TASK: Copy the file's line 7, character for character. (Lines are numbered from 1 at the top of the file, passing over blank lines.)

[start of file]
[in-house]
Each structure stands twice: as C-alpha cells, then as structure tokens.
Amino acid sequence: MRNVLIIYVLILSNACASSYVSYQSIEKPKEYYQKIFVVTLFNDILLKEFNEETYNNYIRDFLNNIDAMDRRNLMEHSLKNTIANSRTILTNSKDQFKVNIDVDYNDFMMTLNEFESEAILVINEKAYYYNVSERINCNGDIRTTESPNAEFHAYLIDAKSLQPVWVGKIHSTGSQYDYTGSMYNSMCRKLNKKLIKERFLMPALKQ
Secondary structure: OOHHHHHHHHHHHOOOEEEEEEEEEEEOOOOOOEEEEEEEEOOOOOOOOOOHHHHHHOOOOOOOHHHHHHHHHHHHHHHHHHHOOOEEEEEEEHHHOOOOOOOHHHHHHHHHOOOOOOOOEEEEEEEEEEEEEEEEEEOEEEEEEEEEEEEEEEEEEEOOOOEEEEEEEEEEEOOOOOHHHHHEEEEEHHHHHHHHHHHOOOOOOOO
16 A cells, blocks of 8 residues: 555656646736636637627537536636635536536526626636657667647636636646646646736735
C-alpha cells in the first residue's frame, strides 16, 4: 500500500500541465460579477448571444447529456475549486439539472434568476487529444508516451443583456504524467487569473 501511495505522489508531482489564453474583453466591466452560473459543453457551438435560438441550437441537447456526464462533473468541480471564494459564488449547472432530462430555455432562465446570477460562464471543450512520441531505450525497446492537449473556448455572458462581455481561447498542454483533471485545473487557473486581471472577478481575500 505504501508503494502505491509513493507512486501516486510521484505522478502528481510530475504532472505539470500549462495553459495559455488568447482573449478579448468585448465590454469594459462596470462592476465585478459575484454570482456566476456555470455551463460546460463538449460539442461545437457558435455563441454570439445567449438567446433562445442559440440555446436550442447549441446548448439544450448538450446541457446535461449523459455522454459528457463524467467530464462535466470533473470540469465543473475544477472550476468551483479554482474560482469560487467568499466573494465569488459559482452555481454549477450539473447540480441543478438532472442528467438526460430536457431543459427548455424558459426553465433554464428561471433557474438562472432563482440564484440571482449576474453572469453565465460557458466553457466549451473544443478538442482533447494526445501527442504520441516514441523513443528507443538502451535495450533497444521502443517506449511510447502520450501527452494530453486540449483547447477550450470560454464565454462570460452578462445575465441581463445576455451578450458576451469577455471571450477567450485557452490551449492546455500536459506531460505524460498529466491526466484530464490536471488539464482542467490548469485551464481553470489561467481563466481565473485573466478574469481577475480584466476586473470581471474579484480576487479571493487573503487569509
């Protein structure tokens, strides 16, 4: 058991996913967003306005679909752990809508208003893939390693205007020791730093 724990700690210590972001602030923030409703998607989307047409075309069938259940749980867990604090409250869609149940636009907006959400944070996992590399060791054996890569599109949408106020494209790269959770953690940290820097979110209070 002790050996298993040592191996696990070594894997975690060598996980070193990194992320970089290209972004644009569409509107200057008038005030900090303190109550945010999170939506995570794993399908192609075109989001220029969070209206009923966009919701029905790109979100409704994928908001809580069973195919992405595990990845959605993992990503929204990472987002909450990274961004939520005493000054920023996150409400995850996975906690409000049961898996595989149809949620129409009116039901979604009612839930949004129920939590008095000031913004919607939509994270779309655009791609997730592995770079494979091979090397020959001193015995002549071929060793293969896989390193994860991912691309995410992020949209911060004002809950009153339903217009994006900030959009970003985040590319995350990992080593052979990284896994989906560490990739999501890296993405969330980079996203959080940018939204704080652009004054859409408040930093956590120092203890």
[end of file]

């Protein structure tokens, strides 16, 4: 058991996913967003306005679909752990809508208003893939390693205007020791730093 724990700690210590972001602030923030409703998607989307047409075309069938259940749980867990604090409250869609149940636009907006959400944070996992590399060791054996890569599109949408106020494209790269959770953690940290820097979110209070 002790050996298993040592191996696990070594894997975690060598996980070193990194992320970089290209972004644009569409509107200057008038005030900090303190109550945010999170939506995570794993399908192609075109989001220029969070209206009923966009919701029905790109979100409704994928908001809580069973195919992405595990990845959605993992990503929204990472987002909450990274961004939520005493000054920023996150409400995850996975906690409000049961898996595989149809949620129409009116039901979604009612839930949004129920939590008095000031913004919607939509994270779309655009791609997730592995770079494979091979090397020959001193015995002549071929060793293969896989390193994860991912691309995410992020949209911060004002809950009153339903217009994006900030959009970003985040590319995350990992080593052979990284896994989906560490990739999501890296993405969330980079996203959080940018939204704080652009004054859409408040930093956590120092203890």